Alright, let’s make this quick - I know this hurts. As a profession we still fail far too often. Project failure is a major source of waste and frustration in most organizations. Here are a few interesting nuggets of information:
Only 37% of organizations deliver projects on time more often than not. In other words, 63% of organizations deliver more than 50% of their projects late! (UK data, Source: Wellingtone)
The number of projects that are lost hook, line and sinker (“Failed project, budget lost”) has stubbornly remained above 30% for the last 6 years. (Source: PMI Pulse of the Profession 2017)
85% of organizations have a PMO (Source: State of the PMO, 2016)... but given that most organizations can’t even deliver half their projects on time
The most common factor (37%) behind project failure is a lack of clear goals (or even a lack of alignment to corporate goals - source: PMI Pulse of the Profession 2017)
Okay, everybody talks about the importance of the strategic alignment of your project portfolio. Your portfolio exists to support your business strategy but in this blog, I want to look at things the other way around. Let’s assume we’ve already aligned our portfolio to strategy - what benefits would we see?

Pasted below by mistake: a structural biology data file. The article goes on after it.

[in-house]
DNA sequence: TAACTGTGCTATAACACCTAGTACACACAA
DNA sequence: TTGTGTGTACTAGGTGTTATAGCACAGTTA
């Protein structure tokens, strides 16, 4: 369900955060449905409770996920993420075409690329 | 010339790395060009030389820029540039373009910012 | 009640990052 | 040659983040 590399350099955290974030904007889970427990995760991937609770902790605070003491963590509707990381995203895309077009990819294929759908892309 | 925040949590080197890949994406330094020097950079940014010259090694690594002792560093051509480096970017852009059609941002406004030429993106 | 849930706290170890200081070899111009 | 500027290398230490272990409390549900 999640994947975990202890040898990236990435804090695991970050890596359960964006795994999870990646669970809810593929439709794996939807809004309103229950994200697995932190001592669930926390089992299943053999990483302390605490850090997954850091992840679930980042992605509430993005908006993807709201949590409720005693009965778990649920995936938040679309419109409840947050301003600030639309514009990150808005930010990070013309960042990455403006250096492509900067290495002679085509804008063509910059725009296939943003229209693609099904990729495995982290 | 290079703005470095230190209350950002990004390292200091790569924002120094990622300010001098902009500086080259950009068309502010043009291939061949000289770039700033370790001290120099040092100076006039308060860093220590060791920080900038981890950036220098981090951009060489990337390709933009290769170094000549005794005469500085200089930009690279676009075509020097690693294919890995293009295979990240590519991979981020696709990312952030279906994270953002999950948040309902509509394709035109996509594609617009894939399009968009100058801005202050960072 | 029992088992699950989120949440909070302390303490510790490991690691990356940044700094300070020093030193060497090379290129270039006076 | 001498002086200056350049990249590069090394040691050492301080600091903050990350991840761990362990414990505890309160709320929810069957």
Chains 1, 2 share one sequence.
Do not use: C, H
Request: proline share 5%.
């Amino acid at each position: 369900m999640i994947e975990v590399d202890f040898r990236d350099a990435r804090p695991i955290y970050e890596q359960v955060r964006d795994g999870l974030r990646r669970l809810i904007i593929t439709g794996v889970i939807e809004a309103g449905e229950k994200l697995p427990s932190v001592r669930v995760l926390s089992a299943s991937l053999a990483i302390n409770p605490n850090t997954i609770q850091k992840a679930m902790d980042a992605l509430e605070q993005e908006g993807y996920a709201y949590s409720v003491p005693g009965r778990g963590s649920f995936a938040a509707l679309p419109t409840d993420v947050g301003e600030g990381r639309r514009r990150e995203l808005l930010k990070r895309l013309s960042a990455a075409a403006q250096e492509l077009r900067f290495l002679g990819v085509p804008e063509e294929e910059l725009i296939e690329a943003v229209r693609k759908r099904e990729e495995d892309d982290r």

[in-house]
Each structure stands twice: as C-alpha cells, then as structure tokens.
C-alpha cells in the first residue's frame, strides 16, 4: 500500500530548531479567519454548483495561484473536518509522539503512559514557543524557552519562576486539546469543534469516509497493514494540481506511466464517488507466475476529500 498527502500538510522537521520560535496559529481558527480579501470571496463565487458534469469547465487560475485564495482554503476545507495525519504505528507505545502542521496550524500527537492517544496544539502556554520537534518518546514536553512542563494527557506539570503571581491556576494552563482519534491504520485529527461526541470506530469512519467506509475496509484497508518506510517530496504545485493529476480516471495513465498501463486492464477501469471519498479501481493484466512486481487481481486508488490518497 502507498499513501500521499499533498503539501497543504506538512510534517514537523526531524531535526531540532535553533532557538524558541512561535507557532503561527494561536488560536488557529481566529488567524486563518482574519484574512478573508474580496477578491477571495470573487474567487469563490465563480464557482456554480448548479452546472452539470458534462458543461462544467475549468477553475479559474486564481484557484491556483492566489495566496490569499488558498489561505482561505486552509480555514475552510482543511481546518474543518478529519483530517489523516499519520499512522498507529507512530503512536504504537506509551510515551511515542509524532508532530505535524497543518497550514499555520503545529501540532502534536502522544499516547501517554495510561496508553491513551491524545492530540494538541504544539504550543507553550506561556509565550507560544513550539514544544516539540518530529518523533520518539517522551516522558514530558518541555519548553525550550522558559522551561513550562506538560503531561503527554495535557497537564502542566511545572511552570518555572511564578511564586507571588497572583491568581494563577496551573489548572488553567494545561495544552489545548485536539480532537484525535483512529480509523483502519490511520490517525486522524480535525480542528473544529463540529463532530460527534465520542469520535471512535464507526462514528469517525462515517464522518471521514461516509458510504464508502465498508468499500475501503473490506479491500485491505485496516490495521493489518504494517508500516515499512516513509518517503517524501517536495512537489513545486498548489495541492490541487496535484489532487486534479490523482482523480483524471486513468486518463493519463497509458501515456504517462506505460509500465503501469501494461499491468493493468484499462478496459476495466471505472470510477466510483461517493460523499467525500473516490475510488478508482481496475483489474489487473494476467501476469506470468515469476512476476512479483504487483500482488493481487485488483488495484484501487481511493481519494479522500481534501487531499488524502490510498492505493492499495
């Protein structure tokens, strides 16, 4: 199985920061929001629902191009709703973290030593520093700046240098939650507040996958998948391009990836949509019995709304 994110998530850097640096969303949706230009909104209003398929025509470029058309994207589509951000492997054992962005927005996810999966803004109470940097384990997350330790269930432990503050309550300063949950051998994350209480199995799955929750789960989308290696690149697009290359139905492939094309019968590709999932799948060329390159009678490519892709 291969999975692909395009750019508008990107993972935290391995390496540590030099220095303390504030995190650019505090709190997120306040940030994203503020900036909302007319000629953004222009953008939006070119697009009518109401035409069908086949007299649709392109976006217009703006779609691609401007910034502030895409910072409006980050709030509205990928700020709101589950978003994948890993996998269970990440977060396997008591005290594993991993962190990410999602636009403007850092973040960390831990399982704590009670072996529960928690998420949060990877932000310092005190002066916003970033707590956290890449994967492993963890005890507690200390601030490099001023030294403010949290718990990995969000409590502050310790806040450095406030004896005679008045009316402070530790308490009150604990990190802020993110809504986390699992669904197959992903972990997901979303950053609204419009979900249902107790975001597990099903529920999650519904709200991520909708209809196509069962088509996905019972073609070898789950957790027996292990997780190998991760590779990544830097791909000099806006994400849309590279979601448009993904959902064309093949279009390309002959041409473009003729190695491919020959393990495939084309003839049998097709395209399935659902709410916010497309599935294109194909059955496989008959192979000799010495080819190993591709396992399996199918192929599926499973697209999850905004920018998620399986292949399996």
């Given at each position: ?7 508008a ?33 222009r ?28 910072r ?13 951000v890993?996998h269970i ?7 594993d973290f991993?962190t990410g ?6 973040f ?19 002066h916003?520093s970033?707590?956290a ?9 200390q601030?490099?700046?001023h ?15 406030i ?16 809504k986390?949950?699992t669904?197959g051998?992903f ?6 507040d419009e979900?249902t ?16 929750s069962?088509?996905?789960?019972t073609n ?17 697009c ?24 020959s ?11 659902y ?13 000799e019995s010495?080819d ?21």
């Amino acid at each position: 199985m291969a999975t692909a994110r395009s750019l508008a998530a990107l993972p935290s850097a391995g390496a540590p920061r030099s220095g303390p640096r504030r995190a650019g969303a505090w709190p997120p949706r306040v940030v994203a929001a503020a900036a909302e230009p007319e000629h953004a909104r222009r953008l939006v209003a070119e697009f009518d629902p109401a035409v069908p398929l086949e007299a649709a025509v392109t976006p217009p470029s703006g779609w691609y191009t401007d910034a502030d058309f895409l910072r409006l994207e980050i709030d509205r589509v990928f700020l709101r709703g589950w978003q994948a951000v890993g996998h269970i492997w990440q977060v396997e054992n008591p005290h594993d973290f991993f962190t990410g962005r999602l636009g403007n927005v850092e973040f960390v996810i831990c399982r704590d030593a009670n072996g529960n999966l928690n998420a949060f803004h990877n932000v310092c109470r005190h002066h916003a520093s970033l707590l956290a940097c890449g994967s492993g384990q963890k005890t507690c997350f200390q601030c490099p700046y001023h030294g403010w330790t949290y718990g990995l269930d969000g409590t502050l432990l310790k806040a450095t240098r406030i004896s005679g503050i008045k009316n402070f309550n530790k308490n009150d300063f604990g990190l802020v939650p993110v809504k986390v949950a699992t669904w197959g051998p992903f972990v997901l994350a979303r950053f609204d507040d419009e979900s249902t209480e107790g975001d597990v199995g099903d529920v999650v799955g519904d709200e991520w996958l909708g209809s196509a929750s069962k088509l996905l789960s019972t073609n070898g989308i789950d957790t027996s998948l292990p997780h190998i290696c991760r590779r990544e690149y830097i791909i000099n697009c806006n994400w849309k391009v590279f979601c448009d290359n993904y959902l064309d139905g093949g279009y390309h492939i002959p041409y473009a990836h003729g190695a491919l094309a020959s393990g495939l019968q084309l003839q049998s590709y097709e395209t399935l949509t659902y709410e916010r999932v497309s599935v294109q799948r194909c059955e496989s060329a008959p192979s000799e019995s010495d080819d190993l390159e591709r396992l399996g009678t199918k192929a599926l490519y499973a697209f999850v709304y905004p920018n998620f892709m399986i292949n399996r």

In this blog I often talk about the project prioritization process and the best method of implementing it. In this article I would like to share some ideas on how to use the prioritization matrix to prioritize projects in a way that gives you a chance to succeed.
Let’s get one thing clear before we start. Your projects are not “your” projects, they are there to deliver strategic value to the business. It is, therefore, vital to make sure that “the business” - for the purpose of this blog, that means a diverse group of senior stakeholders - what “value” means before you start.
This process begins with a brainstorming session with your executives. The goal of this brainstorming is to end up with a list of 4 to 7 top-level strategic goals - the business goals that are most important to your stakeholders. We will then use those goals as criteria to evaluate and score your projects - this is what allows you to deliver strategic alignment.
Your top-level criteria can be further divided into sub-goals. You might end up with something like this:
So, you've probably heard the one about the broken pencil?
....nah, there's no point.
Maybe that's really a joke about PMOs. You've seen the stats, right?
50% of PMOs close within 3 years (APM)
Since 2008, PMO implementation failure rate is over 50% (Gartner Project Manager 2014)
68% of stakeholders perceive the PMO as bureaucratic (2013 Gartner PPM Summit)
I've written before on ways to turn this around, but there's one underlying challenge: many PMO leaders themselves don't understand the point of the PMO. If the PMO leader doesn't know what the PMO is for, how can the senior executives value it?